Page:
Dean Owens launched his new album - “The Man From Leith - The Best of Dean Owens” at Leith Dockers Club tonight with his current band The Southerners aka the award winning talents of Tom Collison (keys and bass guitar) and Jim Maving on guitar, delta slide and mandolin - not forgetting of course, honorary Southerner and always a big part of Dean’s musical sound on stage, Amy Geddes on fiddle and vocals. This show was also supposed to be the start of their tour, but events outside anyone’s control may have made this the shortest tour of Dean’s musical career. For updates on shows check with Dean at his website at https://www.deanowens.com.
I hope that Dean and The Southerners can play as many planned shows as possible, but if not, then this one will I think go down with everyone at The Dockers Club, the band, and Dean himself as something a little bit special and a night to remember for everyone. This was Dean Owens, the boy from Madeira Street, Leith, at home within a venue he knows well (and also where he gave his first public performance as a singer). Out of all the shows I have seen Dean Owens play, I think this show was probably Dean at his best and most relaxed. This was not Dean Owens the singer/songwriter performing on stage tonight, but a far more intimate performance from a man at home with family and friends, and that added a very extra layer of emotional depth when songs like the always popular and requested “The Man From Leith”, and not often performed, “Julie’s Moon” were performed. With these songs, Dean is giving us songs from the heart about his father and his sister – both tributes in very different ways, but both powerful words and music. These two songs, perhaps more than any other songs from Dean are what his music is about at its core – real people and real emotions.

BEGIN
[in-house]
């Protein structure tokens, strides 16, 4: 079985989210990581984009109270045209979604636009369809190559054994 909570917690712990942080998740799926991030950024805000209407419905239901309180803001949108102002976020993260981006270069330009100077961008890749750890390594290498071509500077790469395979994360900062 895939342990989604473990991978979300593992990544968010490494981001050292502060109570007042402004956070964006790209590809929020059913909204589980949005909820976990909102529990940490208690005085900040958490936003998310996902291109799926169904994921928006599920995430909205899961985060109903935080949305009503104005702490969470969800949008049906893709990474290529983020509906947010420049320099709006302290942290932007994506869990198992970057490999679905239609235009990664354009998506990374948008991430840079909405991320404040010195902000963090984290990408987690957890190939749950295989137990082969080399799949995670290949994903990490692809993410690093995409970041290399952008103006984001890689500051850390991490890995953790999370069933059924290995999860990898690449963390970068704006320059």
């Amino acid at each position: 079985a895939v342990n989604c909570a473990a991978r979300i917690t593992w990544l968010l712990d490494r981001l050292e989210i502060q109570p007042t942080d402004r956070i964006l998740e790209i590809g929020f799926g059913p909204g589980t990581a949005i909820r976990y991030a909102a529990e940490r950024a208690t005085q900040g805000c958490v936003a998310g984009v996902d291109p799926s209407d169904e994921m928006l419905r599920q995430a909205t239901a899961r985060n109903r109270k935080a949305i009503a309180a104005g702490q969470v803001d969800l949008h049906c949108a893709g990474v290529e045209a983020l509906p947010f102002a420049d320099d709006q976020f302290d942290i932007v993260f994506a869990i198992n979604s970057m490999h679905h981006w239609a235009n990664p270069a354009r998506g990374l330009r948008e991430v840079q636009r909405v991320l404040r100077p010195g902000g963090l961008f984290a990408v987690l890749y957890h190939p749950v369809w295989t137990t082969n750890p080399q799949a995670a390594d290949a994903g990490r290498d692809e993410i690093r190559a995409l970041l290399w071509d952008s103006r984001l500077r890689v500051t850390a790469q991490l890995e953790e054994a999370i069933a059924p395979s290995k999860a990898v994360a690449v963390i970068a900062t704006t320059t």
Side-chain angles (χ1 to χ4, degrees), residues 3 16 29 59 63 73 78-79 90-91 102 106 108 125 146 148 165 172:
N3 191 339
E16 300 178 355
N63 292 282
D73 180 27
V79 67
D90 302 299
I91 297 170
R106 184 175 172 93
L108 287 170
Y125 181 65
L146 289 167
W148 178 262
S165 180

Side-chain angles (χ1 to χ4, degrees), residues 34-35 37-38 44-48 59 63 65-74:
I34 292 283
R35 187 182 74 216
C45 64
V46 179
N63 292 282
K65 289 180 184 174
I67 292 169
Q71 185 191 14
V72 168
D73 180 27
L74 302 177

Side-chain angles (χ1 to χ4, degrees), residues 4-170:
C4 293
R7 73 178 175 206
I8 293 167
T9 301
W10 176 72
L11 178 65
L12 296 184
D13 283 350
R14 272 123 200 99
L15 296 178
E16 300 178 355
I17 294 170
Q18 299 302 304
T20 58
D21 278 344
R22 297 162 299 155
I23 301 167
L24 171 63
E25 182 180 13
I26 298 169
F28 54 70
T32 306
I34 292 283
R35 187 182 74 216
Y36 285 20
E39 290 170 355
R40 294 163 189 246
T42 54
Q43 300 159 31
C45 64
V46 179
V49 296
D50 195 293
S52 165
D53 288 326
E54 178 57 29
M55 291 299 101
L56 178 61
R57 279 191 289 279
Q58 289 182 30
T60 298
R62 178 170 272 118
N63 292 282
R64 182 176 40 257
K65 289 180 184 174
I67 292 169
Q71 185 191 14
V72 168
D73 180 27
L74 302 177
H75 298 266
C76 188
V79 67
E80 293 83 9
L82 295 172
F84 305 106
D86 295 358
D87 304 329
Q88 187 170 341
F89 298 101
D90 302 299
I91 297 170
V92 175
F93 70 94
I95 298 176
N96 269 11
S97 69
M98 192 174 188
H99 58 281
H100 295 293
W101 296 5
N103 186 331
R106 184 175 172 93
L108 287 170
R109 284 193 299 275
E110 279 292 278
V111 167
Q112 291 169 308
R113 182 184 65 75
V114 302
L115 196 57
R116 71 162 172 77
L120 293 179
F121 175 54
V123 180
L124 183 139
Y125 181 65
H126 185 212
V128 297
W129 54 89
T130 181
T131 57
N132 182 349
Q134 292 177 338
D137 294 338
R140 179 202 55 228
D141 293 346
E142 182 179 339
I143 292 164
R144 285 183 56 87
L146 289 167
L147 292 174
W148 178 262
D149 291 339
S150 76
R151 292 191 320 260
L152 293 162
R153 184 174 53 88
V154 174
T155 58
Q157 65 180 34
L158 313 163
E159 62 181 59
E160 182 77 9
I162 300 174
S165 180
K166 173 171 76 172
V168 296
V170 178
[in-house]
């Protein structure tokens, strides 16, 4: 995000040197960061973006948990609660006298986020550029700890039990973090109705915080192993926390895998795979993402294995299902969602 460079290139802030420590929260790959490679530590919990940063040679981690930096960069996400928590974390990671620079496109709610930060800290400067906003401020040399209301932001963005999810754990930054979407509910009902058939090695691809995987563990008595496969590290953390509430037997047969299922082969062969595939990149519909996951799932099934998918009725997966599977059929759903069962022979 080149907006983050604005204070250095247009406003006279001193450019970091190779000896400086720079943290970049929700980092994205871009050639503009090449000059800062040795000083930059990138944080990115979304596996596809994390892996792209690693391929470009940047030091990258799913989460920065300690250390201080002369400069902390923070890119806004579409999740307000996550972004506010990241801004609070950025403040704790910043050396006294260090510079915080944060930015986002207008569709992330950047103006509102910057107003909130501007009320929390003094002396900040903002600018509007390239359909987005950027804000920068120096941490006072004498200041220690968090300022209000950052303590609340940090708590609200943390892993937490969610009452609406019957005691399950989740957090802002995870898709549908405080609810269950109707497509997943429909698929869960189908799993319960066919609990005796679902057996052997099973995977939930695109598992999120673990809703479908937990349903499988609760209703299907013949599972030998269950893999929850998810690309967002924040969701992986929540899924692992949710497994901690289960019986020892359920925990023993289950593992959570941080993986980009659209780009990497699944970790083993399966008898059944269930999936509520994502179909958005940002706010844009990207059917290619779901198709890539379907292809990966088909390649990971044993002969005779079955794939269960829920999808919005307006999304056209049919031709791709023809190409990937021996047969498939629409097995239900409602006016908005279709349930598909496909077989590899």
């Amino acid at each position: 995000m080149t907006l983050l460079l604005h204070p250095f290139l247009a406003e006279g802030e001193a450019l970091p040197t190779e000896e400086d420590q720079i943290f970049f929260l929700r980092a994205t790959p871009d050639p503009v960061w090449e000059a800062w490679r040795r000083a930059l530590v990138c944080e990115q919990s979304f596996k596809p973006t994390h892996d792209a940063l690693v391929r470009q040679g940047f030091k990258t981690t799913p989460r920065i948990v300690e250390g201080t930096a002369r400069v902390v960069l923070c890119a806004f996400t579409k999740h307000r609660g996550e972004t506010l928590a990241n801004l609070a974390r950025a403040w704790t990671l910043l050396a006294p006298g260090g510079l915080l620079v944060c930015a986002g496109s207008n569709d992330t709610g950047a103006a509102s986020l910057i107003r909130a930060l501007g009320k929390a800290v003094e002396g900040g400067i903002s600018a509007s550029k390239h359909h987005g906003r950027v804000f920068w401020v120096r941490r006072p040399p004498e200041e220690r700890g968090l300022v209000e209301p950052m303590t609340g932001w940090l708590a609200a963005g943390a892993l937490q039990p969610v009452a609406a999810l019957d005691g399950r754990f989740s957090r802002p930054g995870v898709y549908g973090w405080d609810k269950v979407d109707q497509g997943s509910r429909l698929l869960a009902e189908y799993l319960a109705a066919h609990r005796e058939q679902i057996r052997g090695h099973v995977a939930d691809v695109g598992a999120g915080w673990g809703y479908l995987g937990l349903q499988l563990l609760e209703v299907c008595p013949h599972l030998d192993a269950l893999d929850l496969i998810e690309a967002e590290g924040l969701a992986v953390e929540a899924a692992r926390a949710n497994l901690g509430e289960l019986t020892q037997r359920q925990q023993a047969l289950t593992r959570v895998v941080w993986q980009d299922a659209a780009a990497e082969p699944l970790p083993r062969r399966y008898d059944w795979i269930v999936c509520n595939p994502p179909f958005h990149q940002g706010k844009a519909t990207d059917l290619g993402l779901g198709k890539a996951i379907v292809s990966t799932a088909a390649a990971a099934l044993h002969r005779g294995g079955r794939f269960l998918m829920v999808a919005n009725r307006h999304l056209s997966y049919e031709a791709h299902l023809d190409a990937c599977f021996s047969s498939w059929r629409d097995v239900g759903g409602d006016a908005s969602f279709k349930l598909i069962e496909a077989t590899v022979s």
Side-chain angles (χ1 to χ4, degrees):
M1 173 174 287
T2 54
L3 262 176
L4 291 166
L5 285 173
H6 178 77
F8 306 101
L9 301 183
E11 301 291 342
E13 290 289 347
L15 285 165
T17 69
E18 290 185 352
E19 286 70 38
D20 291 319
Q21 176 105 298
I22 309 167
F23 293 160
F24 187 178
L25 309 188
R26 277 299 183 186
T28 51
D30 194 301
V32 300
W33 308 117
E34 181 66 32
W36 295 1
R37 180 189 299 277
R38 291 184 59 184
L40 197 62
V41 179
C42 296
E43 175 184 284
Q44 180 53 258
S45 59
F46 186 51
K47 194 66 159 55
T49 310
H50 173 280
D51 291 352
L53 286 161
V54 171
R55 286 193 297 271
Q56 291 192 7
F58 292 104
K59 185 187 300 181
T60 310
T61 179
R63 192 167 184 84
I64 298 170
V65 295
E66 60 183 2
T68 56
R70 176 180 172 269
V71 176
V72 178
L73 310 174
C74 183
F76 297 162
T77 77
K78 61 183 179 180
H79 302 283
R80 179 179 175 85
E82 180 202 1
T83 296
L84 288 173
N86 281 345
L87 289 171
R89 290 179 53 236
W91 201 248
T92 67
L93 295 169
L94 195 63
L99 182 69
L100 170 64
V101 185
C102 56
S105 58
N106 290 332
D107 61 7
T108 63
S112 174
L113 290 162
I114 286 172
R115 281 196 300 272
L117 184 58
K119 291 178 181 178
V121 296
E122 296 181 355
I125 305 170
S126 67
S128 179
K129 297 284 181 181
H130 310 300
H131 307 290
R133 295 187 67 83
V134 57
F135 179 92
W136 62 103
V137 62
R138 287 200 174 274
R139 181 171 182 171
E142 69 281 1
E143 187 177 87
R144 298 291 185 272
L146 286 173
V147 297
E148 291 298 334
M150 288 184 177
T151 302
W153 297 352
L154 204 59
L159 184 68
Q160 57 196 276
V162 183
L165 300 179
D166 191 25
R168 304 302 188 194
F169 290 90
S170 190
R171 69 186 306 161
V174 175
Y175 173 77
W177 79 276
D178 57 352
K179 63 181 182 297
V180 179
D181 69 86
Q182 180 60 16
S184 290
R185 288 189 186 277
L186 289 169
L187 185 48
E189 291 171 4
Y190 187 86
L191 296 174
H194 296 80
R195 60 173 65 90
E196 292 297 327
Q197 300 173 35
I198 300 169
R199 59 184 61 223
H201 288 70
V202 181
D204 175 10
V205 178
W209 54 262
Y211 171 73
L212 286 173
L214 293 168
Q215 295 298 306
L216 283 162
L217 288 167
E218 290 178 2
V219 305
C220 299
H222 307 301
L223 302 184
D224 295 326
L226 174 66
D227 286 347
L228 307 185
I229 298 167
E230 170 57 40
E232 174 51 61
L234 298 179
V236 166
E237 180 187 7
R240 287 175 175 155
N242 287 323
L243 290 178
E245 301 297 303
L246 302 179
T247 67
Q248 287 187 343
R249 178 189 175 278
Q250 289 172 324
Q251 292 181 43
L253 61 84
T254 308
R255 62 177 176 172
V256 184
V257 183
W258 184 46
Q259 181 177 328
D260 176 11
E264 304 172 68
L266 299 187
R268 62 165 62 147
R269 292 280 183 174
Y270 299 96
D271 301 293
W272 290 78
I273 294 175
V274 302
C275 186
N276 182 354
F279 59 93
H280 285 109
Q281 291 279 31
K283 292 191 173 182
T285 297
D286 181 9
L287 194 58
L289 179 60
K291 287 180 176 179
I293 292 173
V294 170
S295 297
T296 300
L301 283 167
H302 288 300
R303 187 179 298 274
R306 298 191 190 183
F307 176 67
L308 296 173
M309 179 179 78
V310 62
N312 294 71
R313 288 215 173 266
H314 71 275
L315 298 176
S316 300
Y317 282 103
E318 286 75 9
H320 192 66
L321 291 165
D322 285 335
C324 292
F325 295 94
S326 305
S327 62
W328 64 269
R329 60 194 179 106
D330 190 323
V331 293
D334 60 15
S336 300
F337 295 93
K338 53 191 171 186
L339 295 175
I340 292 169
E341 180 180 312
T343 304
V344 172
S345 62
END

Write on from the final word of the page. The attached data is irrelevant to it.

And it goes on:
As you would expect at an album launch, material from the album featured heavily in the two sets here, and “Up On The Hill”, “Virginia Street”, “The Night Johnny Cash Played San Quentin”, and “Raining In Glasgow” were not only big crowd pleasers, but give a small taste of how varied Dean Owens songs can be. It was also nice to hear how Jim Maving and Tom Collison have added to the sound of these songs and be able to compare them with the original studio versions on the album. There were also many other very well written songs that never made it to this “Best of” album, and perhaps the night’s closing song – Neil Diamond’s “Sweet Caroline” - will never become a standard in Dean’s live shows, but I am assured that it is a bit of a tradition to end a night at The Leith Dockers Club with this song,
I reviewed “The Man From Leith - The Best of Dean Owens” recently too, and it is available at this page
Review by Tom King